Now that the Narendra Modi government has changed the constitutional status of Jammu and Kashmir, thanks to the non-applicability of Article 370 of the Constitution to the sensitive border state since the fifth of August, the Centre and the security establishment has a lot to do to turn things around.
J&K, which included Ladakh, will now be two Union Territories which has been welcomed. Jammu, Kashmir and Ladakh were three distinct areas with the least similarity.
As the head of government, Modi's recent trip to Houston, Texas, the United Nations General Assembly in New York and meetings with US President Donald Trump was a success. At the same time the demonstrations recently in downtown Srinagar pilloried New Delhi while seemingly backing Islamabad indulging in terrorism as state policy.
The curfews and lockdown in Kashmir appear to have made the border and the security forces more vulnerable. At the same time National Security Advisor Ajit Doval has been camping in Srinagar closely monitoring the situation to keep things on an even keel. On his part, Modi focussed on getting his message across on the global issues encompassing the dangers of violent extremism and the imperative need to combat climate change.
The other day Kashmiris poured on to the streets in downtown Srinagar to understand the consequences of J&K losing statehood and special status. This assumes significance as J&K including Ladakh has since been split into two Union Territories. At the same they are acutely aware that Pakistan cannot match India's might.
Kashmiris also realise it is beyond Islamabad's capacity to undo the decisions of the BJP led NDA government 57 days back. The communications blockade has pushed the people to the wall. The administration firmly believes that the lockdown was necessary to counter the protests against its new J&K policy.
The Centre had anticipated protests by Kashmiri politicians against its new policy in J&K resulting in the deterioration the law and order situation. It had become apparent that such a situation could only be quelled with additional troops, preventive detention along with a communications blockade.
The challenges for the security forces is formidable. There is growing frustration among the people due to the communication clampdown. On the other hand, authorities are wondering what if things go wrong once the clampdown is lifted. That is bound to delay the process of normalisation leading to more frustration and anger among the people.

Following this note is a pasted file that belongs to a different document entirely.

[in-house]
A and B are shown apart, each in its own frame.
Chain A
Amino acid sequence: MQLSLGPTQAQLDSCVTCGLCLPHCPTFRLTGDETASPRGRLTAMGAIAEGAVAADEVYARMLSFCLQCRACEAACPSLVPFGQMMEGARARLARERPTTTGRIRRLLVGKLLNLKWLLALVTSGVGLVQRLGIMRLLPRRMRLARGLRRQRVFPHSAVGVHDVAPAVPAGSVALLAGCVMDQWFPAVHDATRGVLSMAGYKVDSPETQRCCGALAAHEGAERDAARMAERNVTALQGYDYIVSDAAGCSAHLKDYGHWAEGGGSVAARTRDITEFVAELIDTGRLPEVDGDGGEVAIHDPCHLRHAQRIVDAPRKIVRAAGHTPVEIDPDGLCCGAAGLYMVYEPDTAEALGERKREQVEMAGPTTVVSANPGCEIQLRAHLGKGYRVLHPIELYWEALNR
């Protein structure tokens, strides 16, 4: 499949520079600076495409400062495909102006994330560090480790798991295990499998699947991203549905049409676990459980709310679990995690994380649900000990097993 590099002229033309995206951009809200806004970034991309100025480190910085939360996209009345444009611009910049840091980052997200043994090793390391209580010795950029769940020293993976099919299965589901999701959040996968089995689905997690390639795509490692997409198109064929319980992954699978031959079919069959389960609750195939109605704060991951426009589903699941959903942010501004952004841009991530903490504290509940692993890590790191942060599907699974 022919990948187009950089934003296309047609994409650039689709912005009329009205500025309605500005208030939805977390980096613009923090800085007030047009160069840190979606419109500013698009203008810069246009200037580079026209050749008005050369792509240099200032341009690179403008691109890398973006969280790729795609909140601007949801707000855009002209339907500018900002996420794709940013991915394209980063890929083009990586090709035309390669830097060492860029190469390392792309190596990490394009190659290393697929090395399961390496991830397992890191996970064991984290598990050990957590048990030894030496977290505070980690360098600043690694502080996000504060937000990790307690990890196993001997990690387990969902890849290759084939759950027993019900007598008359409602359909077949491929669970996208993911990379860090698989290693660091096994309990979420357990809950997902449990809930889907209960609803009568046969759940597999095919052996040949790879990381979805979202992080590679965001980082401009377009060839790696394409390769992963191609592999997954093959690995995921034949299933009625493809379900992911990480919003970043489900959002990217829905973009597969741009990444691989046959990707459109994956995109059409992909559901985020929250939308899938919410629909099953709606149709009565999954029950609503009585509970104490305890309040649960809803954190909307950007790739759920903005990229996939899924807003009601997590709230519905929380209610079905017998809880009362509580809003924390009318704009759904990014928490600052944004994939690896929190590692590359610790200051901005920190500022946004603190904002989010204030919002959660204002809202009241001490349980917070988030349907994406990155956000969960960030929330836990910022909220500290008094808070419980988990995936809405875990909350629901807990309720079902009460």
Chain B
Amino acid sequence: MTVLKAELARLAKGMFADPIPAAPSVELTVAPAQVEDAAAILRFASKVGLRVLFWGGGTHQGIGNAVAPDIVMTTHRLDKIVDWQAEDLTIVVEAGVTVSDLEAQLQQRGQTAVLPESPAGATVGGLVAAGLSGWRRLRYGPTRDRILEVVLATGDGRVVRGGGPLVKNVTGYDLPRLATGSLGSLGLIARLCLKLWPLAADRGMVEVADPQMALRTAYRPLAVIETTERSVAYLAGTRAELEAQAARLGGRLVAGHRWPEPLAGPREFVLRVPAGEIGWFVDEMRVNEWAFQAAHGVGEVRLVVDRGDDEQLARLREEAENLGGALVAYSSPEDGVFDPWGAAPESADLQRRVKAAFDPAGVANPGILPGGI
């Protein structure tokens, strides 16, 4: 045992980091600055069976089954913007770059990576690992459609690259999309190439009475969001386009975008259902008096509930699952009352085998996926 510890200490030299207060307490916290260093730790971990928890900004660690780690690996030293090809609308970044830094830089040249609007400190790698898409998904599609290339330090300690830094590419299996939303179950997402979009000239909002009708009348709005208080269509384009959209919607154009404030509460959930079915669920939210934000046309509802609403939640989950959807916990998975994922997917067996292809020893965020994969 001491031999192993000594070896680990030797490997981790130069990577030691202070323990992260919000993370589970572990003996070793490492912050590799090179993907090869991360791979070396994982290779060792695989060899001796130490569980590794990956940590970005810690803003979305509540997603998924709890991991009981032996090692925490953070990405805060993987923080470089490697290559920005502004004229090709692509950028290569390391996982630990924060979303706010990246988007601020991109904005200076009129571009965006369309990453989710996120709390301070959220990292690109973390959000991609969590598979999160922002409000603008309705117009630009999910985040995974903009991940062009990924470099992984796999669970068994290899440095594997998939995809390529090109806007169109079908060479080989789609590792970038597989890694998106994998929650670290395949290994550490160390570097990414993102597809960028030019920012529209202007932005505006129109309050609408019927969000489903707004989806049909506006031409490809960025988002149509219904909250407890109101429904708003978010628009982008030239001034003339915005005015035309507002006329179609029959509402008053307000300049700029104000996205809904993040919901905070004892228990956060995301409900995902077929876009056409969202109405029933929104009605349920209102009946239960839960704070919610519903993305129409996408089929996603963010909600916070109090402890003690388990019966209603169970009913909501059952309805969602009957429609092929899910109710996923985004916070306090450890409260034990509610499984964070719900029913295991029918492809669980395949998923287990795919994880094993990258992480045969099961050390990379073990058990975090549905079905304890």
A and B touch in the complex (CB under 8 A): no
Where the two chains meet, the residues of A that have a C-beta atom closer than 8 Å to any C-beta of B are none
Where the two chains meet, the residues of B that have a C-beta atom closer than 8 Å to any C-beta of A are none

It is no secret Pakistan has a constituency of its own in the Valley. Though its size might have shrunk, its efficacy was evident a few days back on September 27. The intransigient neighbour is desperately trying to be a factor in Kashmir, though unsuccessfully, all these years.
Senior Congress leader Ghulam Nabi Azad who recently visited Kashmir after seeking the permission of the Supreme Court has warned of a huge crisis brewing there. He charged the Modi government with intimidation and suppression of facts compelling Kashmiris to resort to civil disobedience as a mark of protest.
In a newspaper interview, Azad claimed that a huge civil disobedience movement is on in Kashmir. Unprecedented anger not evidenced in the last 30 years is brewing in the Valley even as the Centre dissuaded the locals from meeting him. Azad added that the situation is no better in Jammu.
Amid all this it is widely believed that the Centre should reach out to the people and earn their confidence that the steps taken since August fifth is to properly integrate J&K with the rest of the country along with ensuring speedy development.
Pakistan Prime Minister Imran Khan's bluster on Kashmir and the threat of nuclear war is just going over the top. At the same time India cannot wish away questions about Kashmir in international fora. The only way to keep domestic issues within the country is to resolve them through internal dialogue and accomodation.
It has become imperative for the country's political and security establishment to turn things around in the Valley. Even as J&K remains on the edge, the state administration announced on Sunday the schedule for holding the second tier of the panchayat elections aimed at bringing about a semblance of normality.
The writer is a senior journalist and commentator.
-By T R Ramachandran
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